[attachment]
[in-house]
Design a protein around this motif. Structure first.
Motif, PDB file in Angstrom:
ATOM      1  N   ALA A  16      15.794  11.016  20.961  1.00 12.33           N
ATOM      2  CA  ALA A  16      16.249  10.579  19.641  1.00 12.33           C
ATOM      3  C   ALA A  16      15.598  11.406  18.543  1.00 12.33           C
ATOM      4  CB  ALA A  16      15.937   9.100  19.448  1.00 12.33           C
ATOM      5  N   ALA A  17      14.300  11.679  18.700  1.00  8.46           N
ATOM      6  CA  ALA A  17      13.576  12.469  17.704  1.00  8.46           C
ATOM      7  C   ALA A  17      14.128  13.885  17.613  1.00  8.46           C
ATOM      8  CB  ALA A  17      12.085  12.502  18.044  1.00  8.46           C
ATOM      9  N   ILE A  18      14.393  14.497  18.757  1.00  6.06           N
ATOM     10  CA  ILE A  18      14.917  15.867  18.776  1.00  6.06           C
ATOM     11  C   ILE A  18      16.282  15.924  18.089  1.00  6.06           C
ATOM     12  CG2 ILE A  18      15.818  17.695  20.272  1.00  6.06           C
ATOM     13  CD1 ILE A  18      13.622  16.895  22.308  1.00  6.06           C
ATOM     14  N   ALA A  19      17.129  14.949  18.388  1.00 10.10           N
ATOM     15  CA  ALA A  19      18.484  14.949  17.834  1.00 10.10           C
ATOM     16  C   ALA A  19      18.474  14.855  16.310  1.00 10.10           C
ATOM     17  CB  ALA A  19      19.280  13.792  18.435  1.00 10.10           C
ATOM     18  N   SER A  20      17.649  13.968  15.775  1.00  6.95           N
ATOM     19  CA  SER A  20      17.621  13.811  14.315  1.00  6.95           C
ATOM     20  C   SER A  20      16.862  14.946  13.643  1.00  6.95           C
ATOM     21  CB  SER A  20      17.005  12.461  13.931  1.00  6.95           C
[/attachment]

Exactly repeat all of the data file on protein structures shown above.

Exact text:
[in-house]
Design a protein around this motif. Structure first.
Motif, PDB file in Angstrom:
ATOM      1  N   ALA A  16      15.794  11.016  20.961  1.00 12.33           N
ATOM      2  CA  ALA A  16      16.249  10.579  19.641  1.00 12.33           C
ATOM      3  C   ALA A  16      15.598  11.406  18.543  1.00 12.33           C
ATOM      4  CB  ALA A  16      15.937   9.100  19.448  1.00 12.33           C
ATOM      5  N   ALA A  17      14.300  11.679  18.700  1.00  8.46           N
ATOM      6  CA  ALA A  17      13.576  12.469  17.704  1.00  8.46           C
ATOM      7  C   ALA A  17      14.128  13.885  17.613  1.00  8.46           C
ATOM      8  CB  ALA A  17      12.085  12.502  18.044  1.00  8.46           C
ATOM      9  N   ILE A  18      14.393  14.497  18.757  1.00  6.06           N
ATOM     10  CA  ILE A  18      14.917  15.867  18.776  1.00  6.06           C
ATOM     11  C   ILE A  18      16.282  15.924  18.089  1.00  6.06           C
ATOM     12  CG2 ILE A  18      15.818  17.695  20.272  1.00  6.06           C
ATOM     13  CD1 ILE A  18      13.622  16.895  22.308  1.00  6.06           C
ATOM     14  N   ALA A  19      17.129  14.949  18.388  1.00 10.10           N
ATOM     15  CA  ALA A  19      18.484  14.949  17.834  1.00 10.10           C
ATOM     16  C   ALA A  19      18.474  14.855  16.310  1.00 10.10           C
ATOM     17  CB  ALA A  19      19.280  13.792  18.435  1.00 10.10           C
ATOM     18  N   SER A  20      17.649  13.968  15.775  1.00  6.95           N
ATOM     19  CA  SER A  20      17.621  13.811  14.315  1.00  6.95           C
ATOM     20  C   SER A  20      16.862  14.946  13.643  1.00  6.95           C
ATOM     21  CB  SER A  20      17.005  12.461  13.931  1.00  6.95           C